With that, don’t even think about going to Berlin without travel insurance. Travel insurance will protect you against illness, injury, theft, and cancellations. In the unlikely event that something goes wrong, you’ll want the best cover money can buy.
For this reason, we always recommend World Nomads for travel insurance. They are affordable, offer a variety of packages and add ons, and allow you to make amendments to your policy while travelling.
If you need further convincing, read our article on why you need travel insurance. Or get an on-the-spot quote from World Nomads using the link below.
Meeting Other LGBTQ+ people in Berlin
With a thriving gay scene like Berlin, it’s incredibly easy to meet other members of the LGBTQ+ community. Having said that, we understand that it isn’t always easy to stroll into a bar or event and attempt to make friends.
That is why the internet is such a great tool for connecting with like-minded individuals. We suggest using social media to locate other LGBTQ+ travellers or locals in Berlin.
You can use Facebook, for example, to yield dedicated LGBTQ+ groups in the area. Similarly, navigating certain hashtags on Instagram such as #gayberlin or #lesbianberlin, can help you locate all things queer happening near you.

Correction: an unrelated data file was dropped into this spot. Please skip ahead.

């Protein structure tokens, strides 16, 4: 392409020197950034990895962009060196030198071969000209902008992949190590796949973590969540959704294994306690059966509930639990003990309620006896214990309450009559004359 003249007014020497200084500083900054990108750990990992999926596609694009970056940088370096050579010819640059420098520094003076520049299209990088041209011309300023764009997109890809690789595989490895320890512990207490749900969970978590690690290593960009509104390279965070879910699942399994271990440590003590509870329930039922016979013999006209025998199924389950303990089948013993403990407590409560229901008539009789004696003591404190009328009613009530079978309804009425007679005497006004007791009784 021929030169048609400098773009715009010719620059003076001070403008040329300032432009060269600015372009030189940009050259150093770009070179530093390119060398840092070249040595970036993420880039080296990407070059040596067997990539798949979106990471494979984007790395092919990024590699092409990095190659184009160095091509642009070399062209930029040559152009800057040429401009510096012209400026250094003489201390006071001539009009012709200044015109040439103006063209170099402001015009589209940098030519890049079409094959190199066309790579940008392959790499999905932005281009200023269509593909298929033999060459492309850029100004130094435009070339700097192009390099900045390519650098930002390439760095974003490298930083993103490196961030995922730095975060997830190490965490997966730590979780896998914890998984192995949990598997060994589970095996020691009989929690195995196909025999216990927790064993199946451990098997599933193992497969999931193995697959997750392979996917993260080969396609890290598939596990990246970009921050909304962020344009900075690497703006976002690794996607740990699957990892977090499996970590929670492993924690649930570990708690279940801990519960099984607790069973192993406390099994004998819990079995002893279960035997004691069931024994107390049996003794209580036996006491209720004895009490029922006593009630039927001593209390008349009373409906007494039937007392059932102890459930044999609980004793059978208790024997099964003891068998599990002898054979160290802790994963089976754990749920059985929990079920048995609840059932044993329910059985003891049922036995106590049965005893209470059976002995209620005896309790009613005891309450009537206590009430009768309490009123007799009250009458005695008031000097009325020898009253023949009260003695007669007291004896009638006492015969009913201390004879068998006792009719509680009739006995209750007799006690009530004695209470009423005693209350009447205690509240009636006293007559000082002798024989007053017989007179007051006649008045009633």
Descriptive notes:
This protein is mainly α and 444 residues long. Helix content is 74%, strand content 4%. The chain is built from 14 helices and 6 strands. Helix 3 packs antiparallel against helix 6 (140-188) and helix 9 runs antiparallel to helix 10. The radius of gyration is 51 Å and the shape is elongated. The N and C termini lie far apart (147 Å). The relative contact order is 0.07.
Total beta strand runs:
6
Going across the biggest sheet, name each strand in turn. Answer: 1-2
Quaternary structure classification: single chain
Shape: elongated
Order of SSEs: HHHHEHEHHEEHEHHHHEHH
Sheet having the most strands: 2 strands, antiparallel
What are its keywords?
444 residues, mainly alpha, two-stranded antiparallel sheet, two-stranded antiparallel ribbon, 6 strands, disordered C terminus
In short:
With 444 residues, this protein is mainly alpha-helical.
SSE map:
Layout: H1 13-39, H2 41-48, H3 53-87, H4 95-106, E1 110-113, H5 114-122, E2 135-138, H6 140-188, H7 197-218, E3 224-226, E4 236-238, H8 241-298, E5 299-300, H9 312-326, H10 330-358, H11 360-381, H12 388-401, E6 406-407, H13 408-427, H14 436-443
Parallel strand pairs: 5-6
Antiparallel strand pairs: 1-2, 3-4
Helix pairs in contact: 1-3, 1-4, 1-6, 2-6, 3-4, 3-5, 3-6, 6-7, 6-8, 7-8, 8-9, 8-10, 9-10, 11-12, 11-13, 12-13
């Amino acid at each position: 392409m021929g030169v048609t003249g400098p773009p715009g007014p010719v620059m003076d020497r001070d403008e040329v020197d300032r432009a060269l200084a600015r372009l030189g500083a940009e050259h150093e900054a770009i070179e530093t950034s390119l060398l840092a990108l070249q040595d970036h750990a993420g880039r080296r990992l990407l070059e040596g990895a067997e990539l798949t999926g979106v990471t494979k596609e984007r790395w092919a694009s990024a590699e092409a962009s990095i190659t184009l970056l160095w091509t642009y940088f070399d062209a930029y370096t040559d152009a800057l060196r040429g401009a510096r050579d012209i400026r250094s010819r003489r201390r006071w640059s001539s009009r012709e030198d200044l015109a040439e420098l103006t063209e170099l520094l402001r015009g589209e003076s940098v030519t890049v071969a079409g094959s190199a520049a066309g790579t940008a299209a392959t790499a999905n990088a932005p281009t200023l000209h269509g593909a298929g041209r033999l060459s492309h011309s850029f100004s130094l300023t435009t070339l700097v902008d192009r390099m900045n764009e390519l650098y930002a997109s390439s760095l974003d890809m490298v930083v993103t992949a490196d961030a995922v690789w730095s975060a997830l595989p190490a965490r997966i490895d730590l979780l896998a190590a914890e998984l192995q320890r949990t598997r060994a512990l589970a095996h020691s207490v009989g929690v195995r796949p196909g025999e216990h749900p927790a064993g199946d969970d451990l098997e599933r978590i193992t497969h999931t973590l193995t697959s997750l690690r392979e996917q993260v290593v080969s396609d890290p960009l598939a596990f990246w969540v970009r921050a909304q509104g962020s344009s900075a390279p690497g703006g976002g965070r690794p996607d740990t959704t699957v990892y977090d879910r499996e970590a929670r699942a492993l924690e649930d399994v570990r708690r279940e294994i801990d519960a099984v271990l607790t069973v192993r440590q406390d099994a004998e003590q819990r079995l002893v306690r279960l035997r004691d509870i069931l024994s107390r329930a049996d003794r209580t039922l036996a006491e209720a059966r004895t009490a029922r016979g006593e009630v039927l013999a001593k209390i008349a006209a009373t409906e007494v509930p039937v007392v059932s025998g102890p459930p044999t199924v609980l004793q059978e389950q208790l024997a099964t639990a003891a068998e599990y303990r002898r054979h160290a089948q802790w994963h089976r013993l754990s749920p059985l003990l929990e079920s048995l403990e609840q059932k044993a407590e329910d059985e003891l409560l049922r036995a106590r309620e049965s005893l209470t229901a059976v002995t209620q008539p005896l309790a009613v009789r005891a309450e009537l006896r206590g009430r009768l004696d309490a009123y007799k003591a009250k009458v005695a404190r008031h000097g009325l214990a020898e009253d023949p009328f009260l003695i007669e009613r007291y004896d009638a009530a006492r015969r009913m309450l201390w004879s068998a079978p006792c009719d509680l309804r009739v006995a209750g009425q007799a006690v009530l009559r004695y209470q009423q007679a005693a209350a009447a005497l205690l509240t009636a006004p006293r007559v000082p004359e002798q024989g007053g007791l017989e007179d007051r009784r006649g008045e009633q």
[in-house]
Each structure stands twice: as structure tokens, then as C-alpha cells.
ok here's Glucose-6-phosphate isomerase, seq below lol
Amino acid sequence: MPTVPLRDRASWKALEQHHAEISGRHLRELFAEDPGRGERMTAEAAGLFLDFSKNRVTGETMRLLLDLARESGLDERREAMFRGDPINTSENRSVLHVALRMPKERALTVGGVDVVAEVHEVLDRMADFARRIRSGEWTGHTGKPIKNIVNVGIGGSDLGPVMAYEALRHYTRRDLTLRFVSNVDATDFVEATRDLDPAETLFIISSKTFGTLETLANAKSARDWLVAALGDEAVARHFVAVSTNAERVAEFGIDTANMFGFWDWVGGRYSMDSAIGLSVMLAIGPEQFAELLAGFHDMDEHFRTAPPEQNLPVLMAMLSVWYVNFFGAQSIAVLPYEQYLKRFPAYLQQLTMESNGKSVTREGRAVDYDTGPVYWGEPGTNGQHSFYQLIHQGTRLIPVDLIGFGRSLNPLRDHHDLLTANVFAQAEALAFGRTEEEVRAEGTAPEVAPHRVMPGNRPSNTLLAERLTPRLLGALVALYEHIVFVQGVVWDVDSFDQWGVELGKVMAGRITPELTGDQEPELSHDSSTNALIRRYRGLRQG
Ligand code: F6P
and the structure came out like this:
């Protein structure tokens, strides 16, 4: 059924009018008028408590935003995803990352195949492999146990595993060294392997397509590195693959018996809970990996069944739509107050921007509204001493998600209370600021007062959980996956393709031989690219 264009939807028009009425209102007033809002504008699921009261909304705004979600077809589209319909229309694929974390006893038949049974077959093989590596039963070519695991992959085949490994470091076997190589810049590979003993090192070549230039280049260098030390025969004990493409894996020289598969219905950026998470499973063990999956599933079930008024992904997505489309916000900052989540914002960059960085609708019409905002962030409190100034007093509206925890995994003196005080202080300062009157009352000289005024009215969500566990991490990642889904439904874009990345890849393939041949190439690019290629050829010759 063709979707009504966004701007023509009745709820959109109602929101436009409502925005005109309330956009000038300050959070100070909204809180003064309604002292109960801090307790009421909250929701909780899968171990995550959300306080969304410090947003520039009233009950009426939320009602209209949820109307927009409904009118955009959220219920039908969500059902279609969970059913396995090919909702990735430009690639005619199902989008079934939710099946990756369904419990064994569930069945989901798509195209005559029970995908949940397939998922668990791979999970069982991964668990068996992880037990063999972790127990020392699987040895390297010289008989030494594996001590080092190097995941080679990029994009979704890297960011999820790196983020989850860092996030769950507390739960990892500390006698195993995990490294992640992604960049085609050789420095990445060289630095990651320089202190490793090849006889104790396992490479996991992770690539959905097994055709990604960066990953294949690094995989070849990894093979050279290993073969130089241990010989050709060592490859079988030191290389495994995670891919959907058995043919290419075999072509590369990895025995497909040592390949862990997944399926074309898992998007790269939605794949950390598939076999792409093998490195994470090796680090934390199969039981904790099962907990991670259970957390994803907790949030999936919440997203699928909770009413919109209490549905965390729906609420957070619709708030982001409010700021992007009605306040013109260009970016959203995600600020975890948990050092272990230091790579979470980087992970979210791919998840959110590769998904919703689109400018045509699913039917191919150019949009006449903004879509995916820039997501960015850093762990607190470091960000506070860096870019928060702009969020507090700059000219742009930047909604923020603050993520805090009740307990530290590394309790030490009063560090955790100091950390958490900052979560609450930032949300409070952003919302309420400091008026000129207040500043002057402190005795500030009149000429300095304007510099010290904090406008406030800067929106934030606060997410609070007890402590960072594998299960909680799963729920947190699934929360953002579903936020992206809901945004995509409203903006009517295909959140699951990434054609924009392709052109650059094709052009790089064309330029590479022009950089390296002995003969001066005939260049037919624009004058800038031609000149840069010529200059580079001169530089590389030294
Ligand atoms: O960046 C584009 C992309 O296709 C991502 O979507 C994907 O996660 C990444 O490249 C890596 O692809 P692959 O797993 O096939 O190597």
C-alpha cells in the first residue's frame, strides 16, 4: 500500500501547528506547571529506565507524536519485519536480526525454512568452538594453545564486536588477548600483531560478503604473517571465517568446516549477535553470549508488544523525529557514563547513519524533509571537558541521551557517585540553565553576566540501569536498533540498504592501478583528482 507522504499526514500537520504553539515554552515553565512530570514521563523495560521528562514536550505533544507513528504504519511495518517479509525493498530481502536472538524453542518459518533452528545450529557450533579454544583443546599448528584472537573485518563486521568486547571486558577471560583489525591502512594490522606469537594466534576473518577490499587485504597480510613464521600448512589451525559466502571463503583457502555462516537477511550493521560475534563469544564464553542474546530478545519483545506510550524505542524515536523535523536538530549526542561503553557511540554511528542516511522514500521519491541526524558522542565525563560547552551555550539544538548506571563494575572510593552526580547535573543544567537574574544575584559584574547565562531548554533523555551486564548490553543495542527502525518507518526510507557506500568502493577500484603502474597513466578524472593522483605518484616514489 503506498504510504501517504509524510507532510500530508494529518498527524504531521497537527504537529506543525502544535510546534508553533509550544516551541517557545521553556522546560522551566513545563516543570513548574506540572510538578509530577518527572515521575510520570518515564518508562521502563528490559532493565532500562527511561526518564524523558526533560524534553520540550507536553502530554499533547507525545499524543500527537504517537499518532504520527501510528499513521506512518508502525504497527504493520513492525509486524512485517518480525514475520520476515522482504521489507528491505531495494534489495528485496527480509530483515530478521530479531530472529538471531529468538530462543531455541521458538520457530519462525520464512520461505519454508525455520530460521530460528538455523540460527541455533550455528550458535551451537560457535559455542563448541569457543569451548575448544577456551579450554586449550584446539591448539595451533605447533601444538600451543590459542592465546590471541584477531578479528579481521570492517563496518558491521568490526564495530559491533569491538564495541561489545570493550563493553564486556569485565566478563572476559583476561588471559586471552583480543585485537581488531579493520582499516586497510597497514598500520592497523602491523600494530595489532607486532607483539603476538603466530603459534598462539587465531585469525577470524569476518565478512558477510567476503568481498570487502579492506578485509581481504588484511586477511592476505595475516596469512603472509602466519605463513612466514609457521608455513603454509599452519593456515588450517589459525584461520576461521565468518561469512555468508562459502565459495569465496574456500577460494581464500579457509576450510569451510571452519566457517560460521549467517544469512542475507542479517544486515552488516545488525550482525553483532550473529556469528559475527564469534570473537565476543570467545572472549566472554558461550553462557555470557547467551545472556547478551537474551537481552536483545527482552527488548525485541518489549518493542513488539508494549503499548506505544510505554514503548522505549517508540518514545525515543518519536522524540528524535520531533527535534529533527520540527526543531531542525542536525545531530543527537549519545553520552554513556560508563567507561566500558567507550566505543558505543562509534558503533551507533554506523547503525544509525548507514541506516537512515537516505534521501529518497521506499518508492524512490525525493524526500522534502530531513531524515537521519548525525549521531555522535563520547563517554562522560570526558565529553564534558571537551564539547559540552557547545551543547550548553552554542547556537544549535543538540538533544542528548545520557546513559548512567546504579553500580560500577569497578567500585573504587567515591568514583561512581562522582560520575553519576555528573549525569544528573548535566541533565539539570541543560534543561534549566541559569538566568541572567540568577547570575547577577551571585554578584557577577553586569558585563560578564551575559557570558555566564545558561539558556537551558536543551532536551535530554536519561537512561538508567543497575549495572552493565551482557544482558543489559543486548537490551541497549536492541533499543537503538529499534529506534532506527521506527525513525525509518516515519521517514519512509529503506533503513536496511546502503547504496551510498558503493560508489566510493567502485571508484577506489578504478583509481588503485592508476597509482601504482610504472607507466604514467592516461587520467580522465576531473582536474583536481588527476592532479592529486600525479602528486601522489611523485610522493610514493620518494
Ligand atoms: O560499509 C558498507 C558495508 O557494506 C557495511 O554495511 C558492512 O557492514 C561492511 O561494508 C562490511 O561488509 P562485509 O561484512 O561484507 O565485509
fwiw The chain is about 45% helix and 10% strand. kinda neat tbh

Also, dating apps can be a great way of connecting with like-minded people – and not necessarily for a hook-up. If you’re lucky, you could find yourself connecting with a local who can give you a full insider low down of the area. In Berlin, Grindr & Planet Romeo are popular amongst the boys, Her for the girls, and Tinder for all.
We always suggest using a secure VPN when surfing the web internationally. We can recommend Surfshark, the worlds best VPN service for travellers. Click the button below for an exclusive discount
Staying Connected in Berlin
While wifi is readily available throughout the city, travelling is so much easier when you have the internet on your phone. In order to avoid crazy roaming charges, consider getting a local sim card or invest in a pocket wifi device.
I also suggest using a secure VPN when surfing the web internationally. Using a VPN is very important these days to make sure that all your data is safe and secure.
Also, it helps while travelling not only for safety reasons but also unlocks geo-restricted content such as Netflix and helps to avoid demographic price discrimination while looking for a flight or a hotel.
In my experience, Surfshark is the best VPN for travel.
Thank you For Reading
That concludes our Gay & Lesbian Travel Guide to Berlin. I hope that you found it helpful and that you have an awesome time exploring this gay-friendly city.
Planning a trip to Berlin? Check out our other articles to help plan your trip.
If you have any questions or feel we have missed anything, please reach out to us in the comment section below or through our contact us page.
Don’t forget to follow us on Instagram, where we share more travel advice and inspiration.
Stay adventurous and Happy travels.
Charlotte & Natalie x
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Last Updated on November 25, 2021 by Our Taste For Life